It's time to put up or shut up. But that doesn't mean you have to go for broke eating healthy. The myth that eating health is too costly is just that: a myth. Here's the truth behind the lies about healthy eating and what it will cost you.
I can't tell you how many times I've heard people say, "fast food is the cheapest option in my neighborhood," or "I really can't afford to eat healthy right now." The fact is a $2 bag of brown rice, $15 package of chicken and $10 in bulk veggies can feed a family of four for an entire week! This option costs much less than a $4 fast food meal each weeknight (if you can find a fast food meal that cheap these days).
Get real. There are far too many programs, web apps and meal plans that will literally show you how to eat healthy on a budget, so don't knock it until you actually try it!
"I don't have time," you say? Please … do I really have to list all the screen time on the Internet we use up doing absolutely nothing for our health? Not mention our drive time and leisure time going to waste.
Incorporate planning for meals into your daily routine, and multi-task when you can. Cooking takes up valuable time, so if you are working hard throughout the week, I suggest preparing meals in bulk on a day off, and keeping a go-to list of quick recipes for breakfast, lunch or dinner so you can make healthy meals on the go.
[Read: Change Your Life in 8 Minutes.]
"These vegetables are bland," It continues to shock me how many people dislike whole foods and exchange them for processed ones. But guess what all of the processed foods try to mimic? The taste of whole foods.
Skittles are fruit-flavored, but a natural kiwi, mango, and peach are so tasty without any additives. Tossed vegetables with herbs and olive oil are divine, but we give them up for bland-tasting fried potatoes drenched in ketchup – talk about bland.
Don't believe the hype: Healthy food IS tasty, and unhealthy food is some of the most bland stuff on the planet. That's why the ample amounts of salt, sugar and other additives have to be added to processed foods – they don't have any flavor! So don't get fooled. Taste can be altered. Just take the time to find the best recipes for healthy foods that meet your taste expectations.
• Avoid the white devils – white sugar, white milk, white rice, white salt and white flour.
• Focus on lean, healthy protein like chicken or fish, loads of fruits, veggies and nuts and a huge helping of H2O!
• Stick to brown or wild rice if necessary, and choose almond milk over dairy when you can.
• Use unprocessed, Himalayan salt and a healthy dose of fresh herbs and spices for seasoning.
• Purchase healthy fats like coconut oil, egg and avocado.
[See: Unusual Uses for Avocados.]
The Steps to Eating Healthy at All Costs
1. Skip the four-syllable ingredients: If you can't imagine your breakfast bar growing out of the ground, falling off of a tree or running around in the wild, it probably isn't a whole food! A nutrition label with ingredients you can't pronounce is a processed mess you should avoid. My rule of thumb: three ingredients or less, period.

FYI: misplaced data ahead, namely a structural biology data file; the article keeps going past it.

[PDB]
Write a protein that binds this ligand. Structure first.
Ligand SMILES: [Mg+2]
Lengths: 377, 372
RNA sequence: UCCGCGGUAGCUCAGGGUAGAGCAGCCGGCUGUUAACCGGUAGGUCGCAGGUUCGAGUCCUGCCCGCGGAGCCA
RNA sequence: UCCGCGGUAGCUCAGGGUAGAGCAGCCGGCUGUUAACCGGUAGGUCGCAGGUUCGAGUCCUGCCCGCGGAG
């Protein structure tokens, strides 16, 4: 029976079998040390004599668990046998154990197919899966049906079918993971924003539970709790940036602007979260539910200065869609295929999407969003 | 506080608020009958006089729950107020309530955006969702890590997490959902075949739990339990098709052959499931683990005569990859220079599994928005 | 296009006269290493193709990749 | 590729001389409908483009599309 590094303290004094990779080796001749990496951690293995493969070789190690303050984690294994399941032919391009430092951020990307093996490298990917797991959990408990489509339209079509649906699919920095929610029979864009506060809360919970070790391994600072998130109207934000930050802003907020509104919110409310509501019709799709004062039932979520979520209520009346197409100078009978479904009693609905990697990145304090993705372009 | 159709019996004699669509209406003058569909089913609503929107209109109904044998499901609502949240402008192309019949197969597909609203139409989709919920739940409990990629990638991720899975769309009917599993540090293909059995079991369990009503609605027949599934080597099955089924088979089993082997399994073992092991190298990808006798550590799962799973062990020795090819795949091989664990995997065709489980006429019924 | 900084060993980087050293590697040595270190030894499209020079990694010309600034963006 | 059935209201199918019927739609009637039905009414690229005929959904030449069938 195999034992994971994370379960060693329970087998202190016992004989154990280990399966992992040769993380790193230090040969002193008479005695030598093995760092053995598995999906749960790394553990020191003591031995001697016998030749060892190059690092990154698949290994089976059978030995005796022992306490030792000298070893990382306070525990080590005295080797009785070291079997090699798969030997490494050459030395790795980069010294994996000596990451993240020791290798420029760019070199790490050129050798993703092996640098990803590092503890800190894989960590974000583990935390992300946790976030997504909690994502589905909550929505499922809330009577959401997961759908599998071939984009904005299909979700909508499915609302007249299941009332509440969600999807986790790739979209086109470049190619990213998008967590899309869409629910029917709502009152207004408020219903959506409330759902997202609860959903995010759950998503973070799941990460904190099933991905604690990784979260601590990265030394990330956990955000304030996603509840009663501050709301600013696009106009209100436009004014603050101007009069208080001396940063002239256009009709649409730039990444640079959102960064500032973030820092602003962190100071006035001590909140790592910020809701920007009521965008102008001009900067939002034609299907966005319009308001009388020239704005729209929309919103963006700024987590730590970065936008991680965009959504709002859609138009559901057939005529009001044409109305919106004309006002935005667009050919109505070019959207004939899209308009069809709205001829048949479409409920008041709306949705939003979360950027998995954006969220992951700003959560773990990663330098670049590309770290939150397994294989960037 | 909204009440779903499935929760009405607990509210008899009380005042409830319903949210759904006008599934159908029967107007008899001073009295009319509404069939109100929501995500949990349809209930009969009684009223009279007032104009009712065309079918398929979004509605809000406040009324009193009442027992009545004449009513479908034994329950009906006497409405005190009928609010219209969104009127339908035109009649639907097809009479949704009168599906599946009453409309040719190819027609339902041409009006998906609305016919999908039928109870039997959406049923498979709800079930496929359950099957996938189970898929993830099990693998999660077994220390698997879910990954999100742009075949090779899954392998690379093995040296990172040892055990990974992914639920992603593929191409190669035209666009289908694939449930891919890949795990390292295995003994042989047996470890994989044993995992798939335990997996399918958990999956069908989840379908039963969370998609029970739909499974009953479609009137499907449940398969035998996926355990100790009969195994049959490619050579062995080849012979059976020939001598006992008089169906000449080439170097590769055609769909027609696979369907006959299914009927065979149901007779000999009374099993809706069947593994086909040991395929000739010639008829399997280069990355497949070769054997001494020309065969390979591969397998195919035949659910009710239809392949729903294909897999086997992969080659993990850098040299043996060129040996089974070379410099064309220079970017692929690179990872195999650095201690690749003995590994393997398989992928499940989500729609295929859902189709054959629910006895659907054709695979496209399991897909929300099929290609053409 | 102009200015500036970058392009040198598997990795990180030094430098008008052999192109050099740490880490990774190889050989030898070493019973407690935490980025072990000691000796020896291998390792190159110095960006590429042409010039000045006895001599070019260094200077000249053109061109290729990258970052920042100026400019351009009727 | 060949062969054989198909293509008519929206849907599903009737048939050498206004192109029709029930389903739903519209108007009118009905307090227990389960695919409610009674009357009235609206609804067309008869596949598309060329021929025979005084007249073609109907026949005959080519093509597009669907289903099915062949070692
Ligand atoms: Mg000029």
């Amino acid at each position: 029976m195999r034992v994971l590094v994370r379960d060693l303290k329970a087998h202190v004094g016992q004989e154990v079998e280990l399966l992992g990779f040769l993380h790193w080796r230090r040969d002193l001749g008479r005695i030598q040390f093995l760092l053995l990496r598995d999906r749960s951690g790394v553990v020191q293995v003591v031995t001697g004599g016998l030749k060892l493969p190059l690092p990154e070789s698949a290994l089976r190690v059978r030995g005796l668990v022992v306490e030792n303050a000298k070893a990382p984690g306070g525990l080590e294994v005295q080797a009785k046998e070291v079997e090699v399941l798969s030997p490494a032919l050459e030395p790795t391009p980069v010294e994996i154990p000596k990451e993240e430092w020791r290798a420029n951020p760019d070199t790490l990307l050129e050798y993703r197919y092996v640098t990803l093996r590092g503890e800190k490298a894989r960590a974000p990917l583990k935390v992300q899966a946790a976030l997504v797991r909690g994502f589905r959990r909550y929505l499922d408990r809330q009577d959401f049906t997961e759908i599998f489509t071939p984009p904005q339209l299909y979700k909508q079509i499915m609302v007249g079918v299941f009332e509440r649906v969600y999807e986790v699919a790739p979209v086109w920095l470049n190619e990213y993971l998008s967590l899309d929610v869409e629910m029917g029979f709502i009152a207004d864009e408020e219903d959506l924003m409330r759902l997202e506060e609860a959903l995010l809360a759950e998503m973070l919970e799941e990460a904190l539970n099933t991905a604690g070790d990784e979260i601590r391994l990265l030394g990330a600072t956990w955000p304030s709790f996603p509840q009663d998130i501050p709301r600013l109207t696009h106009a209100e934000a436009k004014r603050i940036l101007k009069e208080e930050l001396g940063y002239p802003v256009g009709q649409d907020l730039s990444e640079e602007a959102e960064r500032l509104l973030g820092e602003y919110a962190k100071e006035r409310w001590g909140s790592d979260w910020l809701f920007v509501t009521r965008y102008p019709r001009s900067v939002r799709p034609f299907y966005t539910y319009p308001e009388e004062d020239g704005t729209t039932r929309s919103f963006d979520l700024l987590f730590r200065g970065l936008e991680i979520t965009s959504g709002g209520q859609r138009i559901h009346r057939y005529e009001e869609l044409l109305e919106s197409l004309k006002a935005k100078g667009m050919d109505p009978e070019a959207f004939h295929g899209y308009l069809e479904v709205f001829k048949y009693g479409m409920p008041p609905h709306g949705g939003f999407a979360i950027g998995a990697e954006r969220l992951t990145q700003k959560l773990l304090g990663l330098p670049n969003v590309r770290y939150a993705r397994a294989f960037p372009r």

2. Stay away from packages: A general rule of thumb is the more packaging, the more processed. If you can pick up the piece of produce or have the butcher pass you the meat, you are in good shape. Frozen, dried, canned, bagged or boxed food is usually not whole food. Be very wary of terminology like "all-natural," "natural-tasting," "lite" or "low-calorie." Whole foods don't need a marketing campaign; they're healthy, and you know it.
3. Check the expiration date: If the product doesn't expire until next year and is from a land far, far away, it is likely chock full of nasty preservatives. If it doesn't expire on the shelf for months and months, what makes you think your stomach will easily digest it?
[Read: High Net-Gain Nutrition.]
The first step is always the hardest because it takes a few weeks for your body to get used to the new way of eating, and many people have withdraws and cravings in the beginning. Instead of focusing on the food, focus on your positivity and health, and keep smiling. After four weeks of eating healthy, you will become happier and more energized. In twelve weeks, your family and friends will notice the difference and need to know your secret.
You are what you eat. Sound off…
If you had to list your "ingredients" to the world, what would be on your label?
Hungry for more? Write to email@example.com with your questions, concerns, and feedback.
Well known for his work as a trainer on NBC's The Biggest Loser, Brett Hoebel is one of New York and Los Angeles' most popular fitness and nutrition experts. In addition to his certifications in nutrition, yoga and functional training, Hoebel was trained in martial arts (Capoeira and Muay Thai kickboxing) and has a pre-med, neuroscience background. He is the founder of Hoebel Fitness, a body-mind approach dedicated to inspiring healthy living, as well as the creator of in-home lifestyle-fitness programs RevAbs, reVamp, and his new 20 Minute Body program to debut in 2014. Hoebel believes in "fitness from within," acknowledging that a healthy life starts by changing yourself from the inside out.